Testimony continues in sentencing of driver convicted in fatal church bus crash
UVALDE - Testimony continued Thursday in the sentencing of the driver convicted in a 2017 fatal church bus crash.
Jack Dillon Young faces up to 270 years in prison after he plead no contest to crashing his truck into a church bus along Highway 83 in Uvalde County in March 2017. The crash killed 13 people, all were parishioners of the First Baptist Church in New Braunfels. A woman sitting in the back corner of the bus was the only survivor of the crash.
Young was charged with 13 counts of intoxication manslaughter and one count of intoxication assault.
During his opening statement, 38th Judicial District Attorney Daniel Kindred called the collision a "mass killing and not an accident." Investigators determined Young was using marijuana and Clonazepam, a sedative used to treat anxiety, at the time of the accident.
A pre-trial release fore the 38th judicial testified Young has tested positive for THC three times since his release on August, 31, 2017. His last positive tests came in on May of this year, on June 28 and also July 5.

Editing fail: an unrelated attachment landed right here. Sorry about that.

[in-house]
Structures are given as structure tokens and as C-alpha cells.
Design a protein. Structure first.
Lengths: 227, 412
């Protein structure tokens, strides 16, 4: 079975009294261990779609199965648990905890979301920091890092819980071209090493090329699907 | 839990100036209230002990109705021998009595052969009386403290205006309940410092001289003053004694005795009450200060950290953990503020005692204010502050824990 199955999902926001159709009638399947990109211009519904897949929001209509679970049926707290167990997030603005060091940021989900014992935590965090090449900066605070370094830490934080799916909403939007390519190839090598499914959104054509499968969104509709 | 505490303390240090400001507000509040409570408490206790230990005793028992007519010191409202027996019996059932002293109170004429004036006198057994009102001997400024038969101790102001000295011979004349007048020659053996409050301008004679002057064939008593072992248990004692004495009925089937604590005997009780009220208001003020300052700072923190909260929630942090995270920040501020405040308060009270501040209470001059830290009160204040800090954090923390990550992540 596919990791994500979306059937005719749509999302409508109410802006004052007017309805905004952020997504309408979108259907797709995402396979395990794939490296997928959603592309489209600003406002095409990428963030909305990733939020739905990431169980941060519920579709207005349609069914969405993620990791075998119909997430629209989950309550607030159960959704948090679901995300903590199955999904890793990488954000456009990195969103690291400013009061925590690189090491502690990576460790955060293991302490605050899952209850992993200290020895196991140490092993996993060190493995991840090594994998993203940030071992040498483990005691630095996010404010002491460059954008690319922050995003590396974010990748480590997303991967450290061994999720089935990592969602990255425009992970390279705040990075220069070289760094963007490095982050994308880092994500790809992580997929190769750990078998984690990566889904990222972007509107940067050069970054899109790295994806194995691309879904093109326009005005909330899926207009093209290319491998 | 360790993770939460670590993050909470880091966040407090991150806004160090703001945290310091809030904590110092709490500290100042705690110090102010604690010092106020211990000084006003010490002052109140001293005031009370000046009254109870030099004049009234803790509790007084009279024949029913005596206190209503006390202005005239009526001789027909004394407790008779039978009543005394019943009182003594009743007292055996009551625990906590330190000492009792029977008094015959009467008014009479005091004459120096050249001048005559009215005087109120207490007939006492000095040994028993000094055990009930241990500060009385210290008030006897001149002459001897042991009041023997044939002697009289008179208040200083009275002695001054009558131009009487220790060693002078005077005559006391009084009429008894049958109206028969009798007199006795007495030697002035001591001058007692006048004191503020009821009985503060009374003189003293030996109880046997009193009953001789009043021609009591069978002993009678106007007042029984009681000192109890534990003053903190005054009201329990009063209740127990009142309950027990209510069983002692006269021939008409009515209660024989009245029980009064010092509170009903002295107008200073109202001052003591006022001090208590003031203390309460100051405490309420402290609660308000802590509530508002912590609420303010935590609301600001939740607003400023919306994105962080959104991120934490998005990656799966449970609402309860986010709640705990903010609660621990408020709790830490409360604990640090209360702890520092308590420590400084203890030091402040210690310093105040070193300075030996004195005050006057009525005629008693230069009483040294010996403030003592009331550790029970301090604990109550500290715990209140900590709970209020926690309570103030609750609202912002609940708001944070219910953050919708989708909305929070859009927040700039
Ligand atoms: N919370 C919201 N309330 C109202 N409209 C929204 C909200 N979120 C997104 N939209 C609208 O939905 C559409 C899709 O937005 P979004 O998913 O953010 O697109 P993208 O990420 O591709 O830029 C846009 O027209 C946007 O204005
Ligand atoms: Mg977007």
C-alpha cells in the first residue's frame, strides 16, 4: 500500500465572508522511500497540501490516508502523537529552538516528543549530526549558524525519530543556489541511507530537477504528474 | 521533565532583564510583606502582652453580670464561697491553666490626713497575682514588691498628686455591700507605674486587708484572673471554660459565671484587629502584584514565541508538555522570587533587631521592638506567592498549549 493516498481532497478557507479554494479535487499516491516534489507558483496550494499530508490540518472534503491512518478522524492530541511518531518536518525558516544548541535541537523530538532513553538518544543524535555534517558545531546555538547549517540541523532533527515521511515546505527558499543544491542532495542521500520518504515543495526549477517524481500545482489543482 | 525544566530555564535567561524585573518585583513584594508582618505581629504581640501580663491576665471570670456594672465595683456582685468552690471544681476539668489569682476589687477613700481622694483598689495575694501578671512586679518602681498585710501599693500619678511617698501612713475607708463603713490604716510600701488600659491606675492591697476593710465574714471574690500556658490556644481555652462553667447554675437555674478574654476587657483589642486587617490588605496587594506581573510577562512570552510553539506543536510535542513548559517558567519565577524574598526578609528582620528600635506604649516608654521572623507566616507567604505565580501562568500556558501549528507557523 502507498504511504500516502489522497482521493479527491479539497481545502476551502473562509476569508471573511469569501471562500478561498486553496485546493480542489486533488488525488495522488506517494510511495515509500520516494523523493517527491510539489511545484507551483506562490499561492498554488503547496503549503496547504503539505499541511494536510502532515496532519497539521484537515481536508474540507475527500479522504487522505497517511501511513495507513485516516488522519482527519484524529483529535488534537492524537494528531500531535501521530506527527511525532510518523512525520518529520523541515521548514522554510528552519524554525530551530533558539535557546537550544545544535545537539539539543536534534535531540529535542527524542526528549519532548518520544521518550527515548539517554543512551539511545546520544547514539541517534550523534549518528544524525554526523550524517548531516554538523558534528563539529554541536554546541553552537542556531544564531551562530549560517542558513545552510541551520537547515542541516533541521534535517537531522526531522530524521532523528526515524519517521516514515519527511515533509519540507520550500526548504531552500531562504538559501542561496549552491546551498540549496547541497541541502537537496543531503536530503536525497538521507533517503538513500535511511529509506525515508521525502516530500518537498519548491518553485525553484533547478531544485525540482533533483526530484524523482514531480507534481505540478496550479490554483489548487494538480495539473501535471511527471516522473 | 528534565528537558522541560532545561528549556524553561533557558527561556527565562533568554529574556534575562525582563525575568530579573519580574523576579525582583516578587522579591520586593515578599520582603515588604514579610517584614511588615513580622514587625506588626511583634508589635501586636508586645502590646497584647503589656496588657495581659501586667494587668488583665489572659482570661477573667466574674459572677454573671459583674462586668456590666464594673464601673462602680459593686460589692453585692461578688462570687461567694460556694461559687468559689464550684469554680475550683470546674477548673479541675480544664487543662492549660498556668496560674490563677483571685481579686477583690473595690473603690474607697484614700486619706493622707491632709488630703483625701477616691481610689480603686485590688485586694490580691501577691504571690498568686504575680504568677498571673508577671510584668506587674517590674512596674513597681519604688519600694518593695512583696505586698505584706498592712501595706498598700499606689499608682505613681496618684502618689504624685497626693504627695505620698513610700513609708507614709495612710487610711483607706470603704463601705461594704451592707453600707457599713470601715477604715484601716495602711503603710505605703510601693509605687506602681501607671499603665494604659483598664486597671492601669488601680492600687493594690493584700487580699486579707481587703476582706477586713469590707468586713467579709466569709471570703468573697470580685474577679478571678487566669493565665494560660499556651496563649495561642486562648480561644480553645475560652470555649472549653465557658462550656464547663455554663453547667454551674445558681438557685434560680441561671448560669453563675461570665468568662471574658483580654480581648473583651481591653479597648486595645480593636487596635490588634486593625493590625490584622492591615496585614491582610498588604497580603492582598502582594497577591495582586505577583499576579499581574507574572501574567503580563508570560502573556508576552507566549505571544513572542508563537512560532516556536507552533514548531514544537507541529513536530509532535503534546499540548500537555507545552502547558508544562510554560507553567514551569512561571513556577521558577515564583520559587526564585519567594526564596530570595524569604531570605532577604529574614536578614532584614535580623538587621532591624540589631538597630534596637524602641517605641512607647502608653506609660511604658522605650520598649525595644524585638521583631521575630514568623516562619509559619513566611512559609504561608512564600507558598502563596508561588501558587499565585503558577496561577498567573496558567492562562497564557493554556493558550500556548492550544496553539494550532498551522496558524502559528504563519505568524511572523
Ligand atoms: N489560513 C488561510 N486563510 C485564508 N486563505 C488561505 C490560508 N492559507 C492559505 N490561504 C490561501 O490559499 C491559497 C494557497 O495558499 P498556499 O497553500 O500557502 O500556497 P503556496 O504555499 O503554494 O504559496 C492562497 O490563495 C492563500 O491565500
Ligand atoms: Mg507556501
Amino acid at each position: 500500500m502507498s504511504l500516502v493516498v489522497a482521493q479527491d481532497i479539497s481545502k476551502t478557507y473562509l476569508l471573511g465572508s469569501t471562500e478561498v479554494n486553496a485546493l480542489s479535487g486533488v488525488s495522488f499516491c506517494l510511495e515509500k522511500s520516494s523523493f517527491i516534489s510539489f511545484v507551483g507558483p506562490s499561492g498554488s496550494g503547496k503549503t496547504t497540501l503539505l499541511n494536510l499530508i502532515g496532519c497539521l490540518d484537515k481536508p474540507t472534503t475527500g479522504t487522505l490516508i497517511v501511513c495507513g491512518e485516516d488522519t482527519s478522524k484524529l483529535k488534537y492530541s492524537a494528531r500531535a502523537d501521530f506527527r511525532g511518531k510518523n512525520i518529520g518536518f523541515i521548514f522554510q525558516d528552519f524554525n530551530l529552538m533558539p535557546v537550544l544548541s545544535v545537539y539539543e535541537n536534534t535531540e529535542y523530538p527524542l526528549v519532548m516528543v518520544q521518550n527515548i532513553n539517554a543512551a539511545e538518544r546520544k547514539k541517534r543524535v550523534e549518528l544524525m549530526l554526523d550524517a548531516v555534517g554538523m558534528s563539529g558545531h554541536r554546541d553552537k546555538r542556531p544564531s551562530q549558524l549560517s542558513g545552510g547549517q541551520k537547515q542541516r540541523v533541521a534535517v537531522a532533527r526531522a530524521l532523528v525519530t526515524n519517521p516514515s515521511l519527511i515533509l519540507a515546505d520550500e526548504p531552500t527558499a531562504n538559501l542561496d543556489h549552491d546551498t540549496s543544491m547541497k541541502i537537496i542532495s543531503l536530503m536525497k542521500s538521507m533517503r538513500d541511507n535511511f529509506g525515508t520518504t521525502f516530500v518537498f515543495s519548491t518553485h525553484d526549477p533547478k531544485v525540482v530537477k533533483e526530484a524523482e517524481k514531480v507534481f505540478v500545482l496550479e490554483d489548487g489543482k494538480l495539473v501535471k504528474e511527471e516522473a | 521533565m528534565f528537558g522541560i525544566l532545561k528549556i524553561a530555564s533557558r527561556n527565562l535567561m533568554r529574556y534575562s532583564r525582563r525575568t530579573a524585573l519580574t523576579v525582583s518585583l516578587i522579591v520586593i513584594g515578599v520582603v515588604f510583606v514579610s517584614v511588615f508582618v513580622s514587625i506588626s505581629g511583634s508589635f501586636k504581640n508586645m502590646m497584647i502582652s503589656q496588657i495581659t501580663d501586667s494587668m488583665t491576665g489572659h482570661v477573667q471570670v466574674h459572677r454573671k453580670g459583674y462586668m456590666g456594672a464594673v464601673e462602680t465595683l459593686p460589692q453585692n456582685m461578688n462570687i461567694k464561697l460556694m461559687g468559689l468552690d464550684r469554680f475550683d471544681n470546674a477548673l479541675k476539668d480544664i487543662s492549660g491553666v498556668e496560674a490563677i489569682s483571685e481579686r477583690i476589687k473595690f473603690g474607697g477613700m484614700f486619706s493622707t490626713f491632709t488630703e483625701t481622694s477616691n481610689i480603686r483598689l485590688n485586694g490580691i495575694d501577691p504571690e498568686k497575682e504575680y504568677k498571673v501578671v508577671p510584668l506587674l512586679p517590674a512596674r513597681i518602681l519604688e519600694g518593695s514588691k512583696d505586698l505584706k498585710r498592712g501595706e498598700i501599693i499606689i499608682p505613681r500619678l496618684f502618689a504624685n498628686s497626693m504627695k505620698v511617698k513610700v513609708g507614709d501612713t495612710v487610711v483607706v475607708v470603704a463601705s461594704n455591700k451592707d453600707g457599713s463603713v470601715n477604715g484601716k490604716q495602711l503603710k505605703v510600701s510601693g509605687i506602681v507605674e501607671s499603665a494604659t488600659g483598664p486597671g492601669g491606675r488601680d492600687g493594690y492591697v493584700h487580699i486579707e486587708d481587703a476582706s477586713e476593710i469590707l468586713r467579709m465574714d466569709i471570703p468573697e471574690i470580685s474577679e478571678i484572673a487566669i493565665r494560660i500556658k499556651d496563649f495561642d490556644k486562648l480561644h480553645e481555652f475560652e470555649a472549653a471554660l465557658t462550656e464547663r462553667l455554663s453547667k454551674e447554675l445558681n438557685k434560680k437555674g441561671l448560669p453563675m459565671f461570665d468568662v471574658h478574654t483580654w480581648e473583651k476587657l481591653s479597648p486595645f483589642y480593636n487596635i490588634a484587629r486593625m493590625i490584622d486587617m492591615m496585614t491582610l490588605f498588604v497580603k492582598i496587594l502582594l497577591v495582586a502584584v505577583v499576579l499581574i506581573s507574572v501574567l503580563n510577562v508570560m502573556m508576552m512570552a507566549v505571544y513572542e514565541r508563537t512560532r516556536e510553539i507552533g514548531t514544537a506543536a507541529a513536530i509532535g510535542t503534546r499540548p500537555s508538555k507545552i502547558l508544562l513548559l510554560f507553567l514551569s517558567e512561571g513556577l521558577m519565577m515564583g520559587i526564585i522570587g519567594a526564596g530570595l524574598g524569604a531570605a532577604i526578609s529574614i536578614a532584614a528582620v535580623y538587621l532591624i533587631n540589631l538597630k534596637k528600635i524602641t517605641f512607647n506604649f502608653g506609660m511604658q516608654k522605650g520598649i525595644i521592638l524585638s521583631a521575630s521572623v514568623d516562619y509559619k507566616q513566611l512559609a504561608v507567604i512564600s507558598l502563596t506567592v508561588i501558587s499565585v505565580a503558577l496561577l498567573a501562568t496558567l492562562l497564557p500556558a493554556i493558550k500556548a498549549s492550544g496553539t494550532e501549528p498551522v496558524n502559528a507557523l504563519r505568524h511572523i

He was prescribed Clonazepam, but the National Transportation Safety Board said he routinely misused the medication, sometimes taking more than the prescribed amount. Marijuana and Clonazepam were potent depressants and likely enhanced the impairing effect of the other, investigators said.
Defense attorney Rogelio Munoz asked for mercy and blamed Young's doctors for prescribing him too much medication. Munoz also shared with the court details of Young's "tragic childhood" and his battle with depression.
The state presented a 14-minute cell phone video showing Young crossing the white and yellow lines dozens of times. Witnesses called 911 to report his erratic driving.
Family members of the crash victims say as many as 10 people are on the list to testify for the state.
Rose Mary Harris, the lone survivor from the crash, testified Thursday. Harris, a Detroit native, moved to New Braunfels before the crash with her three sons. She wanted to drive her own car to the retreat but testified another member of the church convinced her to take the bus.
She described riding on the bus the day of the crash, talking with other church members about the landscape as she sat in the back row.
“As I turned, I remember being jerked around," Harris testified. "I couldn’t believe what my eyes just saw.”
“When it settled, there was no noise.”